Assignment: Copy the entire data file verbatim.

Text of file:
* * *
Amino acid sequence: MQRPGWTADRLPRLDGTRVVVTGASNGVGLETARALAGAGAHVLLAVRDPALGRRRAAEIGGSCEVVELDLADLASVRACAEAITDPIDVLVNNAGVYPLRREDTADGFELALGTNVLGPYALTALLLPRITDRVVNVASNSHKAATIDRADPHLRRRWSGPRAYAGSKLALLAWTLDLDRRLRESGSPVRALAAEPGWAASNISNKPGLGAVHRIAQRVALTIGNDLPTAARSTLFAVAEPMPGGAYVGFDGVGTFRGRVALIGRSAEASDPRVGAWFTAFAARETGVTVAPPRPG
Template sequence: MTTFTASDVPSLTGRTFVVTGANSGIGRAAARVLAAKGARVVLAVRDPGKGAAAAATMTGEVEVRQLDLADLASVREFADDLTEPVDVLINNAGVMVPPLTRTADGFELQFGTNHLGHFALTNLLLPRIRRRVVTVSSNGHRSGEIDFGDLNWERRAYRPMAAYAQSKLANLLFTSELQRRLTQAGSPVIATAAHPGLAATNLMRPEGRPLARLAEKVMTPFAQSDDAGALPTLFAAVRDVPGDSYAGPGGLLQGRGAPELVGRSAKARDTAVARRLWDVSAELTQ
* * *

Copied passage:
Amino acid sequence: MQRPGWTADRLPRLDGTRVVVTGASNGVGLETARALAGAGAHVLLAVRDPALGRRRAAEIGGSCEVVELDLADLASVRACAEAITDPIDVLVNNAGVYPLRREDTADGFELALGTNVLGPYALTALLLPRITDRVVNVASNSHKAATIDRADPHLRRRWSGPRAYAGSKLALLAWTLDLDRRLRESGSPVRALAAEPGWAASNISNKPGLGAVHRIAQRVALTIGNDLPTAARSTLFAVAEPMPGGAYVGFDGVGTFRGRVALIGRSAEASDPRVGAWFTAFAARETGVTVAPPRPG
Template sequence: MTTFTASDVPSLTGRTFVVTGANSGIGRAAARVLAAKGARVVLAVRDPGKGAAAAATMTGEVEVRQLDLADLASVREFADDLTEPVDVLINNAGVMVPPLTRTADGFELQFGTNHLGHFALTNLLLPRIRRRVVTVSSNGHRSGEIDFGDLNWERRAYRPMAAYAQSKLANLLFTSELQRRLTQAGSPVIATAAHPGLAATNLMRPEGRPLARLAEKVMTPFAQSDDAGALPTLFAAVRDVPGDSYAGPGGLLQGRGAPELVGRSAKARDTAVARRLWDVSAELTQ